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When you hear that the head honcho of the country’s leading supermarket chain is to speak in front of an audience filled with food and drink suppliers, competitors and others with fairly entrenched views of his organisation, you don’t generally expect to hear anything that surprises you.
There will inevitably be a desire to balance saying the right things with a need to illustrate that the organisation is also doing the right things. The diligent marketing team will ensure that in the broadest terms, the audience is told that the chain’s work benefits the food supply chain, the consumer and society as a whole.
And so it came to pass at last week’s City Food Lecture, the annual evening organised by the seven City of London livery companies with their roots in the food industry. Despite the snow, The Guildhall was pretty packed with people representative of the Bakers, Butchers, Cooks, Farmers, Fishmongers, Poulters and of course Fruiterers of this country, as well as farmers, producers, retailers, wholesalers and their representative bodies.
Dave Lewis, Tesco’s chief executive, arrived fresh from finally getting Tesco’s takeover of the UK’s largest wholesaler Booker over the line with shareholders of both companies earlier in the same day. Announcing himself to the audience as “the new boy” – although he has been with Tesco for more than three years! – he sought to distance himself from some of the less scrupulous business practices of his predecessors.
“We are where we are,” he said. “I can’t go back.” While true, of course, it’s hard to hear someone attempt to draw a veil over the last 20-odd years of Tesco’s stealth-driven dominance without a large degree of scepticism.
Lewis’s lecture, ostensibly on “supplier partnerships and the future of food” centred mainly on an attempt to paint Tesco as the poacher turned gamekeeper; contrite for the dastardly acts of the past and “passionate” about changing the world for the better under his leadership.
There were lots of Tesco suppliers in the room and therefore plenty of eyebrows raised at some of the claims Lewis made about his regime. He outlined how relationships with suppliers have been strengthened, he talked about the “very small” margins Tesco works with, and the “fact” that just 1% of all packaging waste occurs at retail level. He was also at great pains to highlight moves in-store to encourage healthy eating choices, to collaborate with suppliers, Government and other organisations on environmental, health and social issues.
He seemed to be asking us all to believe that Tesco has set out on the righteous path to becoming the big friendly giant of the future. He asked the industry to combine with Tesco to force “heavy duty, transformational change” and urged dissenters to focus on “the 95% of what we agree on, not the 5% we don’t”.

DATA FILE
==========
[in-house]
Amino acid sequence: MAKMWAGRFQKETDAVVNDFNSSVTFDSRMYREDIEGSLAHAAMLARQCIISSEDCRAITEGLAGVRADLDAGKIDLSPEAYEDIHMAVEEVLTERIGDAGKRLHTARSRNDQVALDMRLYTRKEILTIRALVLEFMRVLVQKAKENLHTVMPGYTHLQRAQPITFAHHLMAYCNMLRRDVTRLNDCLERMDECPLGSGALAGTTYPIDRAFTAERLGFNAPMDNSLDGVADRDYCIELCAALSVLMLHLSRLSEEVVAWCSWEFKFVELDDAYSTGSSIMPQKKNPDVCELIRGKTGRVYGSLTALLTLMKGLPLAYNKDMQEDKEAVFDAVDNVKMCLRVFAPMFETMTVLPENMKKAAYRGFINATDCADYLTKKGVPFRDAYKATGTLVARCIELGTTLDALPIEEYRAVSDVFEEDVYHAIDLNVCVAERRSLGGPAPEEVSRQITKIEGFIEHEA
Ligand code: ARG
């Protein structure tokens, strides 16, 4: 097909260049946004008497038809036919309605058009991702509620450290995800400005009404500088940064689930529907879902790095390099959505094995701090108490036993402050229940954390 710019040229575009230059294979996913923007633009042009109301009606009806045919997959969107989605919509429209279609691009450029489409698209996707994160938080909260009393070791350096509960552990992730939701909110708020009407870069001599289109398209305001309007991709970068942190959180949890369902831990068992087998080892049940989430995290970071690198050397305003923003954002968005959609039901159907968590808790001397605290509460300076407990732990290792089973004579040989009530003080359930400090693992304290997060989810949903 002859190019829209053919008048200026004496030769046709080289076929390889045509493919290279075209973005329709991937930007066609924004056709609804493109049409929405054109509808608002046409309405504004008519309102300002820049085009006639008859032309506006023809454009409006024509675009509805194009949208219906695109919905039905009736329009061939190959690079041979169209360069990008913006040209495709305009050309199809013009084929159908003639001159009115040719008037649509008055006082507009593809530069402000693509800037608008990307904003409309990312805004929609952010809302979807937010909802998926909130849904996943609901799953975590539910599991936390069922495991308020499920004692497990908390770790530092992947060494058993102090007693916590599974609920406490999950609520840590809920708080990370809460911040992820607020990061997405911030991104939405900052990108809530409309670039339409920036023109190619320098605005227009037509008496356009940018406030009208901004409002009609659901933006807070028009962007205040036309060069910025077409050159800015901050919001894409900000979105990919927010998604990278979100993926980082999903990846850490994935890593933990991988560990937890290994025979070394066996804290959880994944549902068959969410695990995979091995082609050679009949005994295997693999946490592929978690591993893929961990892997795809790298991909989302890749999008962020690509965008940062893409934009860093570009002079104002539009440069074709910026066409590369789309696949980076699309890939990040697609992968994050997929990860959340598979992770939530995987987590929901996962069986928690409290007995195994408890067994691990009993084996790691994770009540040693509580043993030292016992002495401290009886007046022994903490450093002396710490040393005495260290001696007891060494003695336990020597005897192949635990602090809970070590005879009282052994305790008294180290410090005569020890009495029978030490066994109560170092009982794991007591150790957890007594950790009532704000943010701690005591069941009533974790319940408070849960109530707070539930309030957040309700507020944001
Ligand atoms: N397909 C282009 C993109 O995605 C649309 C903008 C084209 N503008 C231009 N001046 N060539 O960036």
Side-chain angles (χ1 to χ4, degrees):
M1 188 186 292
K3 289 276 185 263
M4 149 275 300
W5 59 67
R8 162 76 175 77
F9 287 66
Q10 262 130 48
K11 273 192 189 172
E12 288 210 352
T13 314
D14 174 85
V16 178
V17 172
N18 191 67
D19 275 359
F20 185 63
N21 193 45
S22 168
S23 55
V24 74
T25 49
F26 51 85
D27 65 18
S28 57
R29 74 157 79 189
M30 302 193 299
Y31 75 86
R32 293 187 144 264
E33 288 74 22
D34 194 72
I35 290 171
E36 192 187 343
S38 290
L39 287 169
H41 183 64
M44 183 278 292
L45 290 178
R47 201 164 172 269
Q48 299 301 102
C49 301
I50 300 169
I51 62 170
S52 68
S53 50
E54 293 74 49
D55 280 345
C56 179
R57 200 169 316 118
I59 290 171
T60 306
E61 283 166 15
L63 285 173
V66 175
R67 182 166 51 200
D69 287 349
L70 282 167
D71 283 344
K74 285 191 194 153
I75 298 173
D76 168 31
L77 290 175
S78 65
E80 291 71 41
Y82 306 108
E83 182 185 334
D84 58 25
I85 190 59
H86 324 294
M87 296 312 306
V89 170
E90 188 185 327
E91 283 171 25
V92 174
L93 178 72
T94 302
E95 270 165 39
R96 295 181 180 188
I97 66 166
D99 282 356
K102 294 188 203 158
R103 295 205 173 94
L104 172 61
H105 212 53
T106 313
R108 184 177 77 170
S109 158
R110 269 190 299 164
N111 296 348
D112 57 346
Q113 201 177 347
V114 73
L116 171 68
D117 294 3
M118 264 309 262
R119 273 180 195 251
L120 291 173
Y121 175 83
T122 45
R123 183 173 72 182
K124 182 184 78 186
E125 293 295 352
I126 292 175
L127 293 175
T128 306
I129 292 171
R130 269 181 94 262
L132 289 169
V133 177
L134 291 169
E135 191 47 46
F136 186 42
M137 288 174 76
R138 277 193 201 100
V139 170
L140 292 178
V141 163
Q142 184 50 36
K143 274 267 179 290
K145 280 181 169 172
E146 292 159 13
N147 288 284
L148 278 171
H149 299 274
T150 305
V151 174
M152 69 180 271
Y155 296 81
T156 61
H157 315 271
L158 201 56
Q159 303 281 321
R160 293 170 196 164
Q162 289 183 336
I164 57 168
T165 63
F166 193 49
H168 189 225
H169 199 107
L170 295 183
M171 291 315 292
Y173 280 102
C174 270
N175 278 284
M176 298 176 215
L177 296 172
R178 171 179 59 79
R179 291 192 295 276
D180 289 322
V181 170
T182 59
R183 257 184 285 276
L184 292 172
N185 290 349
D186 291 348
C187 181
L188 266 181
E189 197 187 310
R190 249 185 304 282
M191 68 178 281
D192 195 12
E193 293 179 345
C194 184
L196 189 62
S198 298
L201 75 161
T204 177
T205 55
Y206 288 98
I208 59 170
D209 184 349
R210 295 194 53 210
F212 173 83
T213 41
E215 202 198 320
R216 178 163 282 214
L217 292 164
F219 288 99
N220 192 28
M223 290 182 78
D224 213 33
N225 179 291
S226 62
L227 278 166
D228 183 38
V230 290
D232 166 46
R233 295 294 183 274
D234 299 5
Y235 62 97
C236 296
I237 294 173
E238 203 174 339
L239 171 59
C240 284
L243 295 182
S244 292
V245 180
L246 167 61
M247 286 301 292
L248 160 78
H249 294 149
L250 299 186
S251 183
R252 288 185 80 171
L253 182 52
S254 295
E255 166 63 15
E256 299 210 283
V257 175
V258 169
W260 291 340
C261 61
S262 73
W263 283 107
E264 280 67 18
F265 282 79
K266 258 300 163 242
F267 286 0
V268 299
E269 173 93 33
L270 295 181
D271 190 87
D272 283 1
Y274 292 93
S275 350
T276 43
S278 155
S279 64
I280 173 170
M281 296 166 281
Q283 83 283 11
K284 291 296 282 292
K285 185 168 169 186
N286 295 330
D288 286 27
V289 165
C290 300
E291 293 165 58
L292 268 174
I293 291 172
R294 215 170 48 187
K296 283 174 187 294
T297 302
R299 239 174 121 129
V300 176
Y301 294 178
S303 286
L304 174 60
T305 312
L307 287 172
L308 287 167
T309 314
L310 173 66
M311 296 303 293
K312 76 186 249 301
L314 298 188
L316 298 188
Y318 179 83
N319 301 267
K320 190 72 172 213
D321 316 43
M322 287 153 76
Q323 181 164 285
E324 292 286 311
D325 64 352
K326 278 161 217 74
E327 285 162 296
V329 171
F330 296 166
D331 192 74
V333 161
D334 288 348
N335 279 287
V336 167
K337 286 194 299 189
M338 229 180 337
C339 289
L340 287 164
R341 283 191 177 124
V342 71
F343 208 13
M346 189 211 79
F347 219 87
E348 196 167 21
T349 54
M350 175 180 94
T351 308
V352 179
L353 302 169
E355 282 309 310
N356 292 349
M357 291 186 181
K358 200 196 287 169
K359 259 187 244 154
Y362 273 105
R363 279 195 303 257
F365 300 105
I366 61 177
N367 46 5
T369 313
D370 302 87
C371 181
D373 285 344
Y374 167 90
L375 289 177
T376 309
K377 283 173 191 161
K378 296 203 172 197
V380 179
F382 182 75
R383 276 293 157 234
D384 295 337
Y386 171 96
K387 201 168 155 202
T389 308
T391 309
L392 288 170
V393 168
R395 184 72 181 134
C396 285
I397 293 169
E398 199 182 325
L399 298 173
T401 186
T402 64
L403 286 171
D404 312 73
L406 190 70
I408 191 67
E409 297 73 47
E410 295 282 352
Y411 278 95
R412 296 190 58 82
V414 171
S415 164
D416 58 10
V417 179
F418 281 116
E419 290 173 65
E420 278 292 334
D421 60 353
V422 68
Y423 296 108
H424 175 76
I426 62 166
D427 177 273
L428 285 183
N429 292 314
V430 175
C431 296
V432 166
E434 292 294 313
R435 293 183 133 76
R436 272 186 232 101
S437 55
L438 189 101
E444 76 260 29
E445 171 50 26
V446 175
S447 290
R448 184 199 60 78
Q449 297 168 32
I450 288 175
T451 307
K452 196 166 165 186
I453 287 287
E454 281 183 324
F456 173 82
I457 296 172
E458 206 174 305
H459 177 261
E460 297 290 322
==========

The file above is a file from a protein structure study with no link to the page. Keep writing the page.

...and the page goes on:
I, along with around 600 others, would have left the building with cynism intact.
Lewis played the “passion” card on numerous occasions during his lecture and the panel discussion that followed. It is possible that he himself has a deep passion for the supply chain, for consumer health and for reducing packaging waste, but that is not even close to being the most important part of his job.
One of the great mistakes that supermarket chains in this country made in their rapid rise to prominence was to drive the majority of the passion out of people within their own organisations, as well as inflicting the same on the supply chain in pursuit of “efficiencies”, “economies of scale” and essentially “more cash”. That pursuit continues – it’s the nature of the beast.
The country woke up far too late to the flaws in the supermarkets’ methodology; certainly not until long after Tesco and its brethren could point out that they had been hugely successful in doing what they set out to achieve. Now their bubble has burst and many in the retail sector are faced with a far greater challenge than expansion – survival with a business model that has gone past its sell-by date.
Tesco will survive, there’s very little doubt about that, but let’s not kid ourselves that they will do so by being passionate.
If Lewis believes that people disagree with just 5% of what Tesco stands for, then he’s chosen to ignore quite a bit during the first three years of his tenure. When on public display, he might smile his way through however much longer he chooses to reign. But those working below him at Tesco can only achieve his objectives for him, and maintain the chain’s position at the head of the supermarket chain gang, by continuing steely-eyed down their necessarily ruthless path to profit.
He was right about one thing; we can’t turn back the clock. What we can do, however, is learn lessons from the past. That is why so many food suppliers, both at home and overseas, have moved away from their prolonged obsession with supermarket volume and where possible, begun to reassess their options with new and rediscovered routes to market.